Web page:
The PR campaign from the US carriers is an attempt to change policy by influencing public opinion, but it will be an uphill climb with the general public. Counter-arguments from the Gulf carriers ask why the American carriers are afraid of competition. US airlines aren’t exactly earning lots of sympathy from the public.
The PR battle is also getting nasty: Qatar Airways’ CEO accuses Delta of flying “crap” planes without a hint of irony: it’s not hard to buy nice, new aircraft when you can fall back on massive capital infusions (as alleged in the white paper) to buy those expensive aircraft. Lufthansa’s CEO, facing a strike from his unionized pilots, joked that he should hire Qatar’s CEO as his union advisor (unions being illegal in Qatar and the UAE). And while customers might like the product and the price point offered by the Gulf carriers, it’s not clear than anyone in the US would be willing to accept the trade-offs that make that product possible.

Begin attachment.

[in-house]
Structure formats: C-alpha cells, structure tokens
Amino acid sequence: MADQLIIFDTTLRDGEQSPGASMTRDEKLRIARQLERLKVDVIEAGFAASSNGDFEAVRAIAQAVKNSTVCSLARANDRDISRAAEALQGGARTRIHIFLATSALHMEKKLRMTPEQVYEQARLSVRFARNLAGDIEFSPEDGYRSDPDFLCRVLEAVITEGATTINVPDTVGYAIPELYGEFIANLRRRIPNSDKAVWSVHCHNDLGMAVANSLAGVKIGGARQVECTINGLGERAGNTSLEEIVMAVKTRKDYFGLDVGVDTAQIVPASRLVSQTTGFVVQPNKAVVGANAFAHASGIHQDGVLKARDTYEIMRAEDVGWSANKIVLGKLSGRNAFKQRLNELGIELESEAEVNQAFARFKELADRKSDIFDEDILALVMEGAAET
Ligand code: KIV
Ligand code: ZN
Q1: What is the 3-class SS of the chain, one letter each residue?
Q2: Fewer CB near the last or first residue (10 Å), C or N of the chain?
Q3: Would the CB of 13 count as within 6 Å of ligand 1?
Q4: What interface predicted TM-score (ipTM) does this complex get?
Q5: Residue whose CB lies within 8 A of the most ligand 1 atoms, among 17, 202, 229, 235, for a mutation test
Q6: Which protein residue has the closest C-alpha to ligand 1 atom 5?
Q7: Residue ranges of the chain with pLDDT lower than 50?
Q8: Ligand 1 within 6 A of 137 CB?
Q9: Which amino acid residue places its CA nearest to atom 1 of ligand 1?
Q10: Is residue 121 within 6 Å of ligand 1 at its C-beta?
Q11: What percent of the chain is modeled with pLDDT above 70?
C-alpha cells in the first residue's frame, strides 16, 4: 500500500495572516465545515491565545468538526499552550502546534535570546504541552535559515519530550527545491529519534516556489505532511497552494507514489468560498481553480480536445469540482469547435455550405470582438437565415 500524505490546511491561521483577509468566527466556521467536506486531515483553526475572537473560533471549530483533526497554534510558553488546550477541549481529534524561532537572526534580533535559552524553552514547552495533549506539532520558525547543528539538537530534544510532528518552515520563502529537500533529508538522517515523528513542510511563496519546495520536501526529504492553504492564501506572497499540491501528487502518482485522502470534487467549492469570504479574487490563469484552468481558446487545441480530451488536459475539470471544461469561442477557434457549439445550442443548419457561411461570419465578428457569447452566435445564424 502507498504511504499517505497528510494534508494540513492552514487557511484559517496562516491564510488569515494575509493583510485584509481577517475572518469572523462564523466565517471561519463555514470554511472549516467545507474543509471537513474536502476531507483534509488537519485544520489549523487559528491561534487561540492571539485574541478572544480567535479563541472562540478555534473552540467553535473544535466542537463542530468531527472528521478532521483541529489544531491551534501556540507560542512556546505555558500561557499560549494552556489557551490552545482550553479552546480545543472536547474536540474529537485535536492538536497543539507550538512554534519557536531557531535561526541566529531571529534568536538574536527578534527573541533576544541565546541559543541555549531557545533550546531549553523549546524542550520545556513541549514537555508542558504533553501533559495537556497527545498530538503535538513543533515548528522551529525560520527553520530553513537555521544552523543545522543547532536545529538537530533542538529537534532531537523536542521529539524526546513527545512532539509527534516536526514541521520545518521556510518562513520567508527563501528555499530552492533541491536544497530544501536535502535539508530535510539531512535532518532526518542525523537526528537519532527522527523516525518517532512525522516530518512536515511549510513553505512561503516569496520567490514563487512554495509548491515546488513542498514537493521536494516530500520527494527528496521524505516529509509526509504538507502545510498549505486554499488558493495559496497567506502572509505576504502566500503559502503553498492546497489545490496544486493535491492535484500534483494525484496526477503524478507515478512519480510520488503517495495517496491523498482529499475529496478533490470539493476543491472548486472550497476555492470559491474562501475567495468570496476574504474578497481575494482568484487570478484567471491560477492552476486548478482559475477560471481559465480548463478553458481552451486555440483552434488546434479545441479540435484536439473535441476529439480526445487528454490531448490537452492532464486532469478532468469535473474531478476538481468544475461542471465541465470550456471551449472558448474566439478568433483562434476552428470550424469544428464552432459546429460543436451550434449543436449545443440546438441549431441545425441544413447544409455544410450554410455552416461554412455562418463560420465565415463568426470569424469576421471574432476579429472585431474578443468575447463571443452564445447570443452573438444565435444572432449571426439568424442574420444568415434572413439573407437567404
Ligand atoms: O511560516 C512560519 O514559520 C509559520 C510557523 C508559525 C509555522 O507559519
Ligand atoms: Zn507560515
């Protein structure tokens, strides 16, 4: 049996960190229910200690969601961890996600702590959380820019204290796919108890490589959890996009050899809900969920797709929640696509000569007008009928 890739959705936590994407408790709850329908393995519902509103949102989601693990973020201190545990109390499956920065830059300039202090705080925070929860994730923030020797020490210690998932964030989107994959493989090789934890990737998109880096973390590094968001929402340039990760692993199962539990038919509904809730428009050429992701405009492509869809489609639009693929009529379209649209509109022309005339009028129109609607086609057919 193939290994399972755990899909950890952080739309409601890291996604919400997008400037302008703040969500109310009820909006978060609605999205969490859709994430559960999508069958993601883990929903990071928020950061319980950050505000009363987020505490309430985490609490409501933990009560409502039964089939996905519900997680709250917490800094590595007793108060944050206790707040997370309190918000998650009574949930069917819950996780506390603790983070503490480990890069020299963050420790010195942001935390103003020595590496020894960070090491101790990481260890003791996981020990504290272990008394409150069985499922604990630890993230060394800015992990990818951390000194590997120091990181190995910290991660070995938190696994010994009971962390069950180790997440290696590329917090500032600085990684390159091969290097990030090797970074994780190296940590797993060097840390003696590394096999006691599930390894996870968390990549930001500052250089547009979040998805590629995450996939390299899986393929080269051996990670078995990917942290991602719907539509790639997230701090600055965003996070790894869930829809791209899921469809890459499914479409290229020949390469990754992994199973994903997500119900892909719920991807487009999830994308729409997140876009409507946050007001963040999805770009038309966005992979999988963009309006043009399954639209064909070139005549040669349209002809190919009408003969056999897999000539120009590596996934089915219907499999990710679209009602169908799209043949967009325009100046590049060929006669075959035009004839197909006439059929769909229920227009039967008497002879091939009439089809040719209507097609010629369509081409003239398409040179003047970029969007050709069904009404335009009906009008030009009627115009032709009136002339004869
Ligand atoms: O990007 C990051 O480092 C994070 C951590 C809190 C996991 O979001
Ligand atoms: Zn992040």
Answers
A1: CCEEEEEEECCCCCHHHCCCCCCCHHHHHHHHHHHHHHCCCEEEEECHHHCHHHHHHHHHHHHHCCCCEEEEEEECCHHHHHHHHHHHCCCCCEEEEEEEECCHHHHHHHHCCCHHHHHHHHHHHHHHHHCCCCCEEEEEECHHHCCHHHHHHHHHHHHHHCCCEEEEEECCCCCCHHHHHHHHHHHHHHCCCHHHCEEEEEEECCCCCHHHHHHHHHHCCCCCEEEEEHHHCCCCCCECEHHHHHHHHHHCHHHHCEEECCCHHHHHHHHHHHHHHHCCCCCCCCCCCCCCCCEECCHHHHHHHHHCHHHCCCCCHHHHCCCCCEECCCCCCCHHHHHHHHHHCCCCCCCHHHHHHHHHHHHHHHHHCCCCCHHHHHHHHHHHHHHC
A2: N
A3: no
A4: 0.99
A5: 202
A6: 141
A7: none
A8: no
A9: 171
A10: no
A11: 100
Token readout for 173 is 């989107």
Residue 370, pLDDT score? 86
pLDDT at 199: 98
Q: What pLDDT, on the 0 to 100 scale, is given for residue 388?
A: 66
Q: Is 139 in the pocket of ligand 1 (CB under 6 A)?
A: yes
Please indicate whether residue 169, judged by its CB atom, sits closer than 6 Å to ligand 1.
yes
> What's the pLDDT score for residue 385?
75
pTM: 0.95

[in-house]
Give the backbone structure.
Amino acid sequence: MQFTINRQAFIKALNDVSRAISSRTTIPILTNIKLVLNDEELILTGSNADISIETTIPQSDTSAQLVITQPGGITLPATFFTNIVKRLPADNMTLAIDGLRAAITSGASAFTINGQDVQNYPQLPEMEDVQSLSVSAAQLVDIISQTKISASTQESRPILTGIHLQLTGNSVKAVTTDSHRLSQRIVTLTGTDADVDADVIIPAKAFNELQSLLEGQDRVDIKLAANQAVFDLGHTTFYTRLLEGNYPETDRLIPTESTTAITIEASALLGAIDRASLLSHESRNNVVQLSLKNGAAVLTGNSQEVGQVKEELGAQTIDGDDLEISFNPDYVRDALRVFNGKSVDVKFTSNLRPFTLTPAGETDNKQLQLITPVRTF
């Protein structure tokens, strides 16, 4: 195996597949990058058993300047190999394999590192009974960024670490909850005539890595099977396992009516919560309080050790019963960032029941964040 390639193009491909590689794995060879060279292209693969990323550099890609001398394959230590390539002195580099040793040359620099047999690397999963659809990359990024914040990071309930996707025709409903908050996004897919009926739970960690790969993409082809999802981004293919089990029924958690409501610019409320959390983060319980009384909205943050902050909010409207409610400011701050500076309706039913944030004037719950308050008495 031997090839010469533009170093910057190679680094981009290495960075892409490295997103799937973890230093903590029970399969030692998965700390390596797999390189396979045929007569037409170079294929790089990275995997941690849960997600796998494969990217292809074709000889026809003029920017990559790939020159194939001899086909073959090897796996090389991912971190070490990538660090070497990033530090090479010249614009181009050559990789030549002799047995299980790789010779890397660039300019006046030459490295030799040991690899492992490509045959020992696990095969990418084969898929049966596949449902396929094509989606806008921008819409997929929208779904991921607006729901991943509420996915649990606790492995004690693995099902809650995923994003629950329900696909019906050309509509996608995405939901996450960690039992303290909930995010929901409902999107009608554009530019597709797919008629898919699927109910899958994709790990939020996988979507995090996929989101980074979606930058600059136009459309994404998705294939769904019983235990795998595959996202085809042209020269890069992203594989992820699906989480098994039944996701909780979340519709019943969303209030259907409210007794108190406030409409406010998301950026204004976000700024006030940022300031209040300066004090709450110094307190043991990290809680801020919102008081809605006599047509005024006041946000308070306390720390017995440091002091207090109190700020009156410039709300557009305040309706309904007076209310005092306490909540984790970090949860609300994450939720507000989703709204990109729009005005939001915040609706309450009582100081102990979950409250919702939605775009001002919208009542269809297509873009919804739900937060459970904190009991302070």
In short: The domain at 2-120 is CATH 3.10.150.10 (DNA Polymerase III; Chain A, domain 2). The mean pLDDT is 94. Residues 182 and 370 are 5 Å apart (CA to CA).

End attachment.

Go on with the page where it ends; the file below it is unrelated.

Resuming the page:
The white paper notes that the subsidies documented meet the World Trade Organization definition. However, even though both Qatar and the UAE are part of the WTO, aviation isn’t a core part of the WTO’s agreements.
If aviation were a part of the WTO, there would be a specific process to raise and resolve disputes. In other trade areas, the WTO can authorize the use of ‘counterveiling measures’ against subsidies and dumping, such as tariffs or restrictions on trade volume. But here, there aren’t any specific rules governing aviation – hence the PR campaign.